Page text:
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LONDON:
GRIFFIN, BOHN, AND COMPANY,

STATIONERS' HALL COURT.

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POEMS

OF

SAMUEL BUTLER.

HUDI BRA S.

PART II. —CANTO III.

THE ARGUMENT.

The knight, with various doubts possessed,
To win the lady goes in quest
Of Sidrophel the Rosicrucian,
To know destinies' resolution ;
With whom being met, they both chop logic
About the science astrologic;
Till falling from dispute to fight,
The conjurer's worsted by the knight.

DOUBTLESS the pleasure is as great

Of being cheated, as to cheat;*
As lookers-on feel most delight,
That least perceive a juggler's sleight,
And still the less they understand,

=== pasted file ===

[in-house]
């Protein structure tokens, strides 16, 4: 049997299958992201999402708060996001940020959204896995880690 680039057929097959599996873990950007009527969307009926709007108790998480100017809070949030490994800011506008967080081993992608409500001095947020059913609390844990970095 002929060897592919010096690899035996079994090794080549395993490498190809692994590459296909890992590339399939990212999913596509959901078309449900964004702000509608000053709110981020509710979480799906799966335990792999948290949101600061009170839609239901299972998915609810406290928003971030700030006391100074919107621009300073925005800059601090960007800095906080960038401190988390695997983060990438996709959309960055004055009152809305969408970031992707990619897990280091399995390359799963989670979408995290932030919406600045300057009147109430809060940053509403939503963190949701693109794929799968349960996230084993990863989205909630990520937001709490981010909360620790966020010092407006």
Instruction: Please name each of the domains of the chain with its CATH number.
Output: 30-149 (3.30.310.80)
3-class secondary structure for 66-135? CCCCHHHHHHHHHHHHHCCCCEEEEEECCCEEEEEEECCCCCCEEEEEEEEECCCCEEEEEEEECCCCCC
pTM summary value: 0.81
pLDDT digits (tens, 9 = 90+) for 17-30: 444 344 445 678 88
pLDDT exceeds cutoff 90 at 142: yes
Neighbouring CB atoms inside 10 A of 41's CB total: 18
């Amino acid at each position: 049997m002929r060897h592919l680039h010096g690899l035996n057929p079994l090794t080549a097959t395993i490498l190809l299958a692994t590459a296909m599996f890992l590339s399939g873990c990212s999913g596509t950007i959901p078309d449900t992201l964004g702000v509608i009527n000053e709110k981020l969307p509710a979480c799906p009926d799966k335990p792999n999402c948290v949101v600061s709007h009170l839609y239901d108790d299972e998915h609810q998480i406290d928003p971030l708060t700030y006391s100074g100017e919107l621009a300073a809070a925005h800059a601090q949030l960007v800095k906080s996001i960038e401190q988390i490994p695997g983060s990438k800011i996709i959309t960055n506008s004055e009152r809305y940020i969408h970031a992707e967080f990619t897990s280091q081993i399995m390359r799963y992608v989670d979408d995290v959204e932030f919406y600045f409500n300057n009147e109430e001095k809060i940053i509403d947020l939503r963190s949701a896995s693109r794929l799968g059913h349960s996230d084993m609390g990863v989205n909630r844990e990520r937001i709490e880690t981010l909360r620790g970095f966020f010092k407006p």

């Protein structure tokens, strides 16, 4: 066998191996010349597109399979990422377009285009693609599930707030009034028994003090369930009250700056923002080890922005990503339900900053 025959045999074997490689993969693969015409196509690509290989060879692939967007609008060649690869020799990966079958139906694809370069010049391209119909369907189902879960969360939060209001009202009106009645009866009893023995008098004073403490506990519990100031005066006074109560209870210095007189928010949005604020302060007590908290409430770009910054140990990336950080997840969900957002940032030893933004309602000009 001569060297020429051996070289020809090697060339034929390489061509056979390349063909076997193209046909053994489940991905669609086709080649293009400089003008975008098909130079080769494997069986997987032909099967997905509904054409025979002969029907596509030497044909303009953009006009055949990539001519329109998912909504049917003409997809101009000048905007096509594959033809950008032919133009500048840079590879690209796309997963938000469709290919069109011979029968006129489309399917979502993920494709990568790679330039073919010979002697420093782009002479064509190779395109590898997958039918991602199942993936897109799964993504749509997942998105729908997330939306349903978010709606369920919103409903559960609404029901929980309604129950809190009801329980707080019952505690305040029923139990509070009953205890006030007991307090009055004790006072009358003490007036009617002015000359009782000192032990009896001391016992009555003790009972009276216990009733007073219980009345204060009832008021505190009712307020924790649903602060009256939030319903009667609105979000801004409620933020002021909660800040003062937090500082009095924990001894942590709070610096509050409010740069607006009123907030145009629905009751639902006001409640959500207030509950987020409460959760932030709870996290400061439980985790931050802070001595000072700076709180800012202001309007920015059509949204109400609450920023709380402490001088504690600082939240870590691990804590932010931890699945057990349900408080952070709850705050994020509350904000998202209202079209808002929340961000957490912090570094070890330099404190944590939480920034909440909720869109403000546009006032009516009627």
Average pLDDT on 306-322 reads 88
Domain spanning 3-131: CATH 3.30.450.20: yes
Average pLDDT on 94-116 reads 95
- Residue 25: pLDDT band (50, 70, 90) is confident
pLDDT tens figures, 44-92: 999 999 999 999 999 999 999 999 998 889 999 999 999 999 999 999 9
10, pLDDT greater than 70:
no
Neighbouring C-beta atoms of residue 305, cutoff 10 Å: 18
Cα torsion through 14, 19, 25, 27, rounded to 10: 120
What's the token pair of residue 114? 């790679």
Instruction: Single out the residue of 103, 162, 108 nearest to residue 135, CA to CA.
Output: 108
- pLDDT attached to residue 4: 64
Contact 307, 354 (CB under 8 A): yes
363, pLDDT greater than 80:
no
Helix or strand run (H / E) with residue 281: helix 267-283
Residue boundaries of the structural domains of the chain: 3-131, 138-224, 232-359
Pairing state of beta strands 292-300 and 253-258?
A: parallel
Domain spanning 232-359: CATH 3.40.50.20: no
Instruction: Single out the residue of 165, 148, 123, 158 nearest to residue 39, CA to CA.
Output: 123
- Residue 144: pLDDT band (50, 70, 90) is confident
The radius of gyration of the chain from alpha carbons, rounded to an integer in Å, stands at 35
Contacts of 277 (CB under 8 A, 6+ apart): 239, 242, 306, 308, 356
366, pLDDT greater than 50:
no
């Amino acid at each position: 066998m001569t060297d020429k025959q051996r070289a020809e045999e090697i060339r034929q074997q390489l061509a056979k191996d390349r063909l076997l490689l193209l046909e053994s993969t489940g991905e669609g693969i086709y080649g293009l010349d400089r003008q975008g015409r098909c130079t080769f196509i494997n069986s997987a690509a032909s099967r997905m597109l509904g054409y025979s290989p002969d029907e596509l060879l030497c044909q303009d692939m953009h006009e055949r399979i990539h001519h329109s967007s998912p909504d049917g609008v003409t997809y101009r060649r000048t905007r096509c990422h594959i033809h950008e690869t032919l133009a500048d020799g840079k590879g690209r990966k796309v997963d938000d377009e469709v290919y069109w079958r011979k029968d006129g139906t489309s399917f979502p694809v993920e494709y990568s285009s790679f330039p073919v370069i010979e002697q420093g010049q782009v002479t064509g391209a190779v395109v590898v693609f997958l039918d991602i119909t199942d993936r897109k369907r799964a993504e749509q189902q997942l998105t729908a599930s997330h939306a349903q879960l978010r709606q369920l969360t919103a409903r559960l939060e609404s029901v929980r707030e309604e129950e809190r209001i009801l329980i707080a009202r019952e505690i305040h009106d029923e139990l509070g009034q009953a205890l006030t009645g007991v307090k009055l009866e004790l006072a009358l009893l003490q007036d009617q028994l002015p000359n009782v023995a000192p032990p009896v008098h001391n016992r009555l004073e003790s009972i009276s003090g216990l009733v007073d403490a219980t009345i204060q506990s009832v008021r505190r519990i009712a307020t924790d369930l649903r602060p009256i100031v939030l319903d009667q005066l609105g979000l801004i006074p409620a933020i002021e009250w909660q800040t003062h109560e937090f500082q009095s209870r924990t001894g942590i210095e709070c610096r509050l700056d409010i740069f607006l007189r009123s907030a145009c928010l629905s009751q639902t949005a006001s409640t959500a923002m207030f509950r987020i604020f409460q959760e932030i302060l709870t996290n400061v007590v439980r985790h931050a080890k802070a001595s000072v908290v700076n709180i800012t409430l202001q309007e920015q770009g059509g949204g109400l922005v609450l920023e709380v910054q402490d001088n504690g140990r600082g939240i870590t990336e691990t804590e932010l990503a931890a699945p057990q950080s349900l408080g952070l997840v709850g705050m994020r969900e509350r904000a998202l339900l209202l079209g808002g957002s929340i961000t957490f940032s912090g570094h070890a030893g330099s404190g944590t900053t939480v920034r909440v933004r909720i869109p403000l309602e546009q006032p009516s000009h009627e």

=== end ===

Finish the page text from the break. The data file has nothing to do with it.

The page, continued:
The more th' admire his sleight of hand.

Some with a noise, and greasy light,
Are snapped, as men catch larks by night,+

* This familiar couplet appropriately introduces the subject of the canto, which is to expose the knaveries of astrologers, fortune-tellers, and other classes of cheats, who, under the mask of the learned professions, impose on the credulity of mankind. Swift has enlarged upon the suggestion in treating of the pleasures of mental delusion. • The happiness of life consists in being well deceived. See Tale of a Tub.

+ Alluding to the method of fowling in the night, by the low-bell, a process which consisted in first wakening the birds by the sound of

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